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UBP dans la presse 28.04.2020

How to hedge when volatility itself becomes volatile

How to hedge when volatility itself becomes volatile

Professional Pensions (24.04.2020) - The fastest bear market in history ends one of the longest-ever bull markets


We may be experiencing one of the fastest and deepest financial crises ever. As a result, the word “unprecedented” has never before been used so often in the financial context. Yet, even in the midst of a global pandemic and its humbling consequences, the pattern of the market fallout has not been at all surprising in our view.

When the coronavirus crisis spilled over to Europe and the global lockdown and its consequences became seen as inevitable, one of the fastest ever sell-offs ensued. Not only was the decline rapid and extremely volatile, but also, unlike 2008, markets were rattled by hitherto unseen volatility-of-volatility levels. For instance, March will go on record as the month with the most SPX limit-down and limit-up trading halts in history. By early April, we had already experienced a relief bull market too.

To make matters worse, liquidity dried up quickly, affecting not only illiquid assets and those traded over-the-counter (OTC), but also listed equities, large ETFs and government bonds. With the traditional short-term and sell-side liquidity providers taken out by regulation, markets remain structurally very shallow, and central banks are now the main driver of liquidity.

Volatility of volatility: the new fear index

In 2019, we wrote a volatility outlook piece where we advised readers not to dismiss the 2018 volatility spike as a one-off. We compared the market dynamic to a game of musical chairs where any reduction in central bank liquidity (the music) could result in a severe correction, with the next most vulnerable investment or investor potentially missing out on one of the remaining chairs. We also argued that the effect of the music stopping could be worse in an overextended economic cycle, when there are fundamentally fewer chairs.

In their decade-long quest to control deflation, global monetary authorities had inadvertently created an imbalance in the volatility of volatility. If the volatility market is relatively stable, markets’ ability to forecast the near future is good. But, if volatility itself is volatile, market visibility becomes murky and, if market liquidity is also shallow, flash crashes can become the norm. Following several risk-on/risk-off waves, the CBOE VVIX (volatility of VIX Index) became known as the new “fear index”, claiming the title from its less volatile and better-known predecessor the VIX.

Volmageddon scenario for UK pension schemes

In 2020, the simultaneous fall in equities and bond yields has created the perfect storm for UK pension schemes, which have been hit on both sides of their balance sheets: assets have dropped while liabilities have been revised upward. 

According to Pension Protection Fund data, the aggregate deficit of the 5,422 schemes in the PPF 7800 Index is estimated to have increased to £135.9 billion at the end of March 2020, from an aggregate surplus of £22.1 billion at the end of April 2019, reducing the funding ratio from 101.4% to 92.5% over the last 12 months.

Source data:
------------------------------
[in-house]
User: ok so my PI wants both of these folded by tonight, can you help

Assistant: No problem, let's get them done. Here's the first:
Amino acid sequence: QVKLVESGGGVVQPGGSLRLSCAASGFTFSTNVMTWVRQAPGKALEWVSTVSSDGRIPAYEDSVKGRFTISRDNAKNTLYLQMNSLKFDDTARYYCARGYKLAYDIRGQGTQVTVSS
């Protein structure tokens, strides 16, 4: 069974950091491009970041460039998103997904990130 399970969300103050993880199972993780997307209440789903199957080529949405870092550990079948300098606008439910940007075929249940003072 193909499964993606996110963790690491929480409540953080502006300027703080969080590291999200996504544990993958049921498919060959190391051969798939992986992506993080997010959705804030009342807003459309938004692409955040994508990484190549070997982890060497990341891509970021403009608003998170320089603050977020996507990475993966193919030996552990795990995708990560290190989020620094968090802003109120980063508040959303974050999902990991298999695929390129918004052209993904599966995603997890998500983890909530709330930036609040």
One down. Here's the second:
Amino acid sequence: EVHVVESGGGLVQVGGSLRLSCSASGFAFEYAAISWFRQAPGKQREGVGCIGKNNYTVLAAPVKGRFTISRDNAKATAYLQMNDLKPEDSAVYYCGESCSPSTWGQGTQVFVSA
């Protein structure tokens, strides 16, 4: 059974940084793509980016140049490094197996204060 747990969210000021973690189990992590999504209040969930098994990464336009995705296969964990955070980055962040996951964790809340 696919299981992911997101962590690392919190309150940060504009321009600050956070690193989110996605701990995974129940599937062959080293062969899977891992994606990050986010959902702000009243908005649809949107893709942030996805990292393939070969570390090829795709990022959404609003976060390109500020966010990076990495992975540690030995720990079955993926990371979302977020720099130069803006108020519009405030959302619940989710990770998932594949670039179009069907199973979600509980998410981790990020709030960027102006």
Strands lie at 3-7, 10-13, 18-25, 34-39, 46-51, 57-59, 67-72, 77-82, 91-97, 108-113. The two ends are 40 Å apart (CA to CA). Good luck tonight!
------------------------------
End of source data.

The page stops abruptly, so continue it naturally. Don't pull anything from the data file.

The problem may not be resolved in the near term, as “lower-for-longer” interest-rate policies could have lasting effects on both the assets and liabilities of pension schemes, given that funding levels are highly sensitive to real bond yields.

To hedge or not to hedge: that is still the question

As always, when it comes to hedging, there is no clear-cut answer. Hedging market corrections using popular methods may be both expensive and ineffective at this stage: just because volatility is high, it doesn’t mean it’s expensive, and when it’s low, it doesn’t mean it’s cheap.

Given the tug-of-war between data releases pointing to recession and waves of monetary and fiscal intervention, volatility is likely to remain volatile. We would point out that a valid alternative to market timing exists by overlaying a line of defence to existing portfolios in order to improve their overall risk/return profiles and ride the waves of volatility.

Such a defensive overlay solution should combine different hedging and financing strategies, allowing it to be flexible and to adapt to the market and volatility environment.

Another advantage is the overlay concept itself, which means that the hedging instrument is simply placed on top of an existing strategy. This means there is no need to take anything out of portfolios, and the hedge can be easily customised thanks to the use of cash-efficient, listed and highly liquid instruments.

In conclusion, these solutions allow investors to maintain control of their asset allocation but also create a cushion against further downside risk, before the music stops again.


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Tommaso Sanzin
Managing Director
Alternative Investments and Cross-Asset Solutions

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